And on top of that specific fear, weeks 10-15 were just full of general fears for me. Would I be a good mom? How the hell am I going to manage a baby and my job? How are we going to afford daycare? Will we ever sleep again? Will our marriage suffer? Will our house fall apart? Am I doing enough to help the baby be healthy? Is my husband still attracted to me? Why did I think I was ready for this? What if I never stop puking? Et cetera and so forth on an endless loop.

Oh! And then we got robbed.

So not exactly the first half of my dreams, but things were far from all bad.

Things that have made the first half better:

  • My husband – He’s a good one, and he’s really stepped up to tackle some of the things I couldn’t do anymore because of pregnancy, encouraged me to rest, and on top of that consented to extra showers and teeth-brushing when I rudely accused him of stinking due to my recently acquired super sniffer
  • My friends – So many of my close friends who are already Mamas have reached out to me, checking on me, wishing us well, sharing experiences and being excited for me. I confess I was a little afraid that being a little later to the baby game than many of my nearest and dearest, my pregnancy might feel old hat to them. I couldn’t have been more wrong! I’ve been uplifted, encouraged, and overjoyed by the support they’ve given me
  • My family –  especially my Mom, She’s gone above and beyond to help me through some of the roughest parts of this pregnancy
  • Totle – Let’s be honest he makes everything better, but very early in the pregnancy he took up curling-up snugly against my uterus, and my heart melts when I convince myself he’s wanting to snuggle the baby (even though I realize he might just like that I’m extra warm there due to increased blood flow)
  • The pregnancy pillow my friend Allie got me for Christmas – It’s so cozy!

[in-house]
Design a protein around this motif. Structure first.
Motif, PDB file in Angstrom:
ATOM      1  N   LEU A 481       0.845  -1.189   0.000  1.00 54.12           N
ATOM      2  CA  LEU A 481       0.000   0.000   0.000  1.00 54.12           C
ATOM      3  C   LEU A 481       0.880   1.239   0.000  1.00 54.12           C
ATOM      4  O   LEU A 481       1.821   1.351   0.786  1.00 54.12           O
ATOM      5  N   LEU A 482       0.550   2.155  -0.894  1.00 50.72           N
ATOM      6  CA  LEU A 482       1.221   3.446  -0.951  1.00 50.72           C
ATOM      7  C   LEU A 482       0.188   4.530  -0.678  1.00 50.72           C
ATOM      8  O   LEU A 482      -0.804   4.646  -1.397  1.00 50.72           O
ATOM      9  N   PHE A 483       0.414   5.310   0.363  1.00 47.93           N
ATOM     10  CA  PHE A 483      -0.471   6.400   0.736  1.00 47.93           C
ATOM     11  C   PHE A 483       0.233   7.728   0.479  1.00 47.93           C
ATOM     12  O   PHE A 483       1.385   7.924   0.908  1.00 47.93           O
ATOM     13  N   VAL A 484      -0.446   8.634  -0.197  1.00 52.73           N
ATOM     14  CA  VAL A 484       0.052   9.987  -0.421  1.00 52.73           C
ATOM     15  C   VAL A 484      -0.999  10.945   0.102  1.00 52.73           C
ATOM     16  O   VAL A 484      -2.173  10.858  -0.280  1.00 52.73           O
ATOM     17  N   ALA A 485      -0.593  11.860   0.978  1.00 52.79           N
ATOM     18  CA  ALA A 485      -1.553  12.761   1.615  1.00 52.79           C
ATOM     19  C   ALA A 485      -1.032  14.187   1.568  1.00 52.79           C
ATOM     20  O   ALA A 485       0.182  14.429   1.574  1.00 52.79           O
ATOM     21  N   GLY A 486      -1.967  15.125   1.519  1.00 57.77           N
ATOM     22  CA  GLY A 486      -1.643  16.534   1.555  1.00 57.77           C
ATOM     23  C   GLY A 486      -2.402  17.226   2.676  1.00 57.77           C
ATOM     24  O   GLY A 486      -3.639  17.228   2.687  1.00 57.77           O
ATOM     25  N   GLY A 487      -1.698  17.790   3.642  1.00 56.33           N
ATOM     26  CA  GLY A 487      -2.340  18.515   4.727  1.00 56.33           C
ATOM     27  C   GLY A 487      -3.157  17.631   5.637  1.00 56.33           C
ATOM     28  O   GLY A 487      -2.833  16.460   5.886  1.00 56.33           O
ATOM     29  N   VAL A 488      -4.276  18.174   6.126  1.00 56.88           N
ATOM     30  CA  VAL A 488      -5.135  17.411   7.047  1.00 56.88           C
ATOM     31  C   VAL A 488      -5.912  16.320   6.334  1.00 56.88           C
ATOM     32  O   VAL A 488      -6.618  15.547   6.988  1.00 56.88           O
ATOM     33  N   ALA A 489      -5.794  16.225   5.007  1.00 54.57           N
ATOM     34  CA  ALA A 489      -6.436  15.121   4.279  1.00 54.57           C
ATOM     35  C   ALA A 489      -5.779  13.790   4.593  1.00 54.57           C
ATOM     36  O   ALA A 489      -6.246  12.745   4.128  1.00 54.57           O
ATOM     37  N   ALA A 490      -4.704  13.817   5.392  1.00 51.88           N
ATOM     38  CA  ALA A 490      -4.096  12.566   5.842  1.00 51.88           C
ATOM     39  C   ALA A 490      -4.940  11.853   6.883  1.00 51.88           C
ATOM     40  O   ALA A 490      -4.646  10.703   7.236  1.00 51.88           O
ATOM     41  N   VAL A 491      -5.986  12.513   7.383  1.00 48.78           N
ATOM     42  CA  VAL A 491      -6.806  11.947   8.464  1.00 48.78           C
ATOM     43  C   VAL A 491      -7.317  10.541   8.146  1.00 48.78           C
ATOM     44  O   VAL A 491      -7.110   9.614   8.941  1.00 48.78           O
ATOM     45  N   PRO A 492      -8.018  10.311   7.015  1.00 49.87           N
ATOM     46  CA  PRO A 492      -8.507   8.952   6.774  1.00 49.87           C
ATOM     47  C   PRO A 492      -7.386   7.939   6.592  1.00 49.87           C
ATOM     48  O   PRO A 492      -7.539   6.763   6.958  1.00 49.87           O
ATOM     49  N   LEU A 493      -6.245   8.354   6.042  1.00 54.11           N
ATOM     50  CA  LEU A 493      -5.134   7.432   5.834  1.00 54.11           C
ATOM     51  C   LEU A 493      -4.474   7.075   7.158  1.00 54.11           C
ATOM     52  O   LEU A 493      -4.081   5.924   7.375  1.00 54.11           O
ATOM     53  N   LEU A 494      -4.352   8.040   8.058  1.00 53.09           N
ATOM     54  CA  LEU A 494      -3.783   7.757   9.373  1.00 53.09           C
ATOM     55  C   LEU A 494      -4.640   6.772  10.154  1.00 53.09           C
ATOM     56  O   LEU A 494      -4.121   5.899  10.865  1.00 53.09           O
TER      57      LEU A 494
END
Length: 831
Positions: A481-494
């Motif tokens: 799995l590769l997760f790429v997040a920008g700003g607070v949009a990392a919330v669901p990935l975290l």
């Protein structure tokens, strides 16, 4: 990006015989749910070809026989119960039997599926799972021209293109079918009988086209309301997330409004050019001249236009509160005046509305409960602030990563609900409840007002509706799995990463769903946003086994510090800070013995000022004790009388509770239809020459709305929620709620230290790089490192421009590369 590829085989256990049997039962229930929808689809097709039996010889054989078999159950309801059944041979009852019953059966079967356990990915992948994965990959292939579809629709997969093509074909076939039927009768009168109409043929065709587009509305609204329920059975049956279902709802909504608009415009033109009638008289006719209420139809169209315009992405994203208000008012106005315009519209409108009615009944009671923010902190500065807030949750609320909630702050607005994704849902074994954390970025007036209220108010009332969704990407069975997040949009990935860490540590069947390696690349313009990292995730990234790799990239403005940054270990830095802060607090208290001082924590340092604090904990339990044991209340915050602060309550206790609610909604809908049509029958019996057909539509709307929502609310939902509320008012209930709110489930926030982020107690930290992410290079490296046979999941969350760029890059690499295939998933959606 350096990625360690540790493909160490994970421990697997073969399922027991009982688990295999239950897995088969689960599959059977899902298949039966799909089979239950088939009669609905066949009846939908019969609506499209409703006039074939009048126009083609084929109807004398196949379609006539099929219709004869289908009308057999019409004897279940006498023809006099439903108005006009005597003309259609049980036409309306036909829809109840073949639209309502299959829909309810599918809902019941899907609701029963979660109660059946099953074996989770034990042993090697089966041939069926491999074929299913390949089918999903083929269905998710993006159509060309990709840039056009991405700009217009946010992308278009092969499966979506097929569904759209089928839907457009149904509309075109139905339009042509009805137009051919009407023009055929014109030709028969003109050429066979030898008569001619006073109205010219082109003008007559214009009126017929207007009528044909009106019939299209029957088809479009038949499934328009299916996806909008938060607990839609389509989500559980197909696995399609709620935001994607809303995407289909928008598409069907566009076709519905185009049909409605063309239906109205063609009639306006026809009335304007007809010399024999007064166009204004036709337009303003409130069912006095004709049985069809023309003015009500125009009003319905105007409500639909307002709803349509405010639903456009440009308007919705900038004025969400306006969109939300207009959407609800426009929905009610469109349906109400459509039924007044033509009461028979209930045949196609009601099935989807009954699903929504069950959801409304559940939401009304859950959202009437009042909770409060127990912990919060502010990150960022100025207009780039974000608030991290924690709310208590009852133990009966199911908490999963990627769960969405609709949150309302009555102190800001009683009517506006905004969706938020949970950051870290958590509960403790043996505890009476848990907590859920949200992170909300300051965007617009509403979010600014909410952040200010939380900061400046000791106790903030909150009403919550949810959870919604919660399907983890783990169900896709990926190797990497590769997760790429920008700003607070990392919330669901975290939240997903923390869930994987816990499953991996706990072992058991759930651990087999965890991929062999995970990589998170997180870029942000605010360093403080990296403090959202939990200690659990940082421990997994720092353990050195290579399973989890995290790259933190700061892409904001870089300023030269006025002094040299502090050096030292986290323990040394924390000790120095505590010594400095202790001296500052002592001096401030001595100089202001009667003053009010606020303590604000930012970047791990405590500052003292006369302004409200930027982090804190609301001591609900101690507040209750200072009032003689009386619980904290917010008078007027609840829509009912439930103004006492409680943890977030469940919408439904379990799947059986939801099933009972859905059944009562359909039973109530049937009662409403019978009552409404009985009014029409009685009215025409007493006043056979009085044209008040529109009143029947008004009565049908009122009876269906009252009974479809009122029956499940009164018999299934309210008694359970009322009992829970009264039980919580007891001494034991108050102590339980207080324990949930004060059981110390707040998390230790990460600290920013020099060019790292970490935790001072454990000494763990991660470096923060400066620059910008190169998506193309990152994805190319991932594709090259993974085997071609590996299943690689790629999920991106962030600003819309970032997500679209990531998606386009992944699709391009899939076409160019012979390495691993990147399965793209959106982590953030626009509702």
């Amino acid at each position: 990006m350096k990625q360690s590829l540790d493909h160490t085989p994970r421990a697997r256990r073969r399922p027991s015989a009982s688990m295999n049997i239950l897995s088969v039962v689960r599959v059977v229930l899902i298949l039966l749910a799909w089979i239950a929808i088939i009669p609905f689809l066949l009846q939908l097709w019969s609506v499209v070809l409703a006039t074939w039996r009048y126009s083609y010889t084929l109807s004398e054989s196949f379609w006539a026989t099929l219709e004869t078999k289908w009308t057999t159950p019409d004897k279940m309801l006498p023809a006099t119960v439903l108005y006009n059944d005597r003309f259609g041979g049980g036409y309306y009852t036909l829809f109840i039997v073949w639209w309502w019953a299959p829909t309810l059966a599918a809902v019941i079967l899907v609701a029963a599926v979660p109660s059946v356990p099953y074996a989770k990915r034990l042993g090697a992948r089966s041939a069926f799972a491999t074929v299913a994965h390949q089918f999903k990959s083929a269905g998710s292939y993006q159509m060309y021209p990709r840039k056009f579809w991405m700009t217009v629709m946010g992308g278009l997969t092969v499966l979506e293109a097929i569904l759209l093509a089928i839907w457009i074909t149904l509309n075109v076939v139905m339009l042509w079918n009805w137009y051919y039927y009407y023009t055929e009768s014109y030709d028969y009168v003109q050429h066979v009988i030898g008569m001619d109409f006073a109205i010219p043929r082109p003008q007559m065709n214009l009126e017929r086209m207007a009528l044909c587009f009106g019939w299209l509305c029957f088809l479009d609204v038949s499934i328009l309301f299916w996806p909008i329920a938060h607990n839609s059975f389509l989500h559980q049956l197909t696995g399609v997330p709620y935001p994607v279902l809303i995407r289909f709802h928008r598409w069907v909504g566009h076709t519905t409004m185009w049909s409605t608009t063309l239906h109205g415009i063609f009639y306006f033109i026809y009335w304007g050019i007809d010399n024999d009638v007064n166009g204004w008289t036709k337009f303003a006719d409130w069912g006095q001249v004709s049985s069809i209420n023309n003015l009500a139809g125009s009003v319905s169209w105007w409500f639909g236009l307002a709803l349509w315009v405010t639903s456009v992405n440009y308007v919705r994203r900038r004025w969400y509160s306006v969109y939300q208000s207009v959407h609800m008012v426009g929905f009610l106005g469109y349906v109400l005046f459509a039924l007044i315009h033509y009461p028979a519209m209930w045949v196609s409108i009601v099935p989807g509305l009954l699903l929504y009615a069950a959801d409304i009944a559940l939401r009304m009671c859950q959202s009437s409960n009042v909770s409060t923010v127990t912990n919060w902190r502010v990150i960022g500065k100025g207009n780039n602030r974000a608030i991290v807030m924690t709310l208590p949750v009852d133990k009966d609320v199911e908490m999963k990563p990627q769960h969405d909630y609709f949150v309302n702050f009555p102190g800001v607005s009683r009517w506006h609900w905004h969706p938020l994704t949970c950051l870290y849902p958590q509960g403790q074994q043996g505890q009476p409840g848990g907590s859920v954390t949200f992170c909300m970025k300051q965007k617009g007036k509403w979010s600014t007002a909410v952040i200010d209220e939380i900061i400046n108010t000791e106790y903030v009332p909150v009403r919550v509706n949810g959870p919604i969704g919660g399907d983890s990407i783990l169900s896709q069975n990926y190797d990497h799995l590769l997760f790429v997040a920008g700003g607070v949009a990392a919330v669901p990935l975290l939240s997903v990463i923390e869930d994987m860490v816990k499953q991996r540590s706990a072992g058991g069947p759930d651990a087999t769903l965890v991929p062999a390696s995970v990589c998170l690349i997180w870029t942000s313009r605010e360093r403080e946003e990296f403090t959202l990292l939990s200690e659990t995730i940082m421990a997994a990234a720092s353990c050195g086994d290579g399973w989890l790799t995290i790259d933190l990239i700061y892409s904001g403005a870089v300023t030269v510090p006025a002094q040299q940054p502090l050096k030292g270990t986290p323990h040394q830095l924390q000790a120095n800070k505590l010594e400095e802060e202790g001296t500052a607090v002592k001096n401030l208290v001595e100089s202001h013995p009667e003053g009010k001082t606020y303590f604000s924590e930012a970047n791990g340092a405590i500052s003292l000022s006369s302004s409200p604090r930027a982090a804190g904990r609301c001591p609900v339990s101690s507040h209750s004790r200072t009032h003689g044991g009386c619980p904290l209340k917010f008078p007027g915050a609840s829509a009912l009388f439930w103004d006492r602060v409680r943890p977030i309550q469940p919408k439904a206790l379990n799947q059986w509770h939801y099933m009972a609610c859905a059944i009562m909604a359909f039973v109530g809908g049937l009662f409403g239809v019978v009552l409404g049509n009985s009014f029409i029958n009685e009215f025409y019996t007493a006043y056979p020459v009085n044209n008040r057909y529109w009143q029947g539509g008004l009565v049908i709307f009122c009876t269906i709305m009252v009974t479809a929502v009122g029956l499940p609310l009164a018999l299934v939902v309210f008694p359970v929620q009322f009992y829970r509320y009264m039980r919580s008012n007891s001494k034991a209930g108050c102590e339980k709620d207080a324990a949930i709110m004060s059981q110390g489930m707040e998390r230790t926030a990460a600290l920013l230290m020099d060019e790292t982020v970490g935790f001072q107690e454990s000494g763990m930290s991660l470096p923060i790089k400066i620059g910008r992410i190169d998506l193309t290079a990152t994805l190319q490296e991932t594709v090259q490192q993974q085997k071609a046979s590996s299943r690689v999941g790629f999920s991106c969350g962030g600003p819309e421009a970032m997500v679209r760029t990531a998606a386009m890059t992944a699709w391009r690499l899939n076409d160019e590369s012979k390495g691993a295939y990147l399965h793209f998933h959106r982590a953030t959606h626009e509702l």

• CARBS – basically the only food I could tolerate during the worst of the morning sickness was carb-heavy. Nom!
  • The book Do Chocolate Lovers Have Sweeter Babies, it’s fascinating and fun!
  • Maternity pants – Seriously, where have these been all my life? I may never back to a real waistband!
  • Getting to start planning for the nursery – Kids rooms are way more fun than normal decorating
  • Feeling my son kick for the first time – Wow! What a sensation! Creepy for sure, but also proof that he’s in there and growing
  • Hearing my OB and the sonographer joke about my son’s lack of shame as he proudly displayed his junk for us to see

The longer this baby cooks, the more I start to feel like I know him. I love that he can hear my voice now and I spend a lot of time talking to him and telling him how loved he already is. Plus, I’m feeling a lot better now that I’m in the middle of the second trimester and a lot of the fear that plagued me earlier is revealing itself to be excitement now. But if the trade-off for a baby was always going to mean signing up for 20 weeks of sickness and worry and woe, I’d do it again in a heartbeat. I am so excited for this little guy!

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2 comments on “The Halfway Point
  1. Sarah Pheral says:

    LOVE this post. :) Hang in there, Mar. The best (and worst) is yet to come! But you’ll do fabulously through it all. I’m so glad for you that you have such a robust support network; take all the help you can get, girl!

    Love from me, Eric and Jack! (and tell Aaron hello please)

  2. Mariel says:

    Sheesh….tears from me on this one. Love how frank and real you are. XO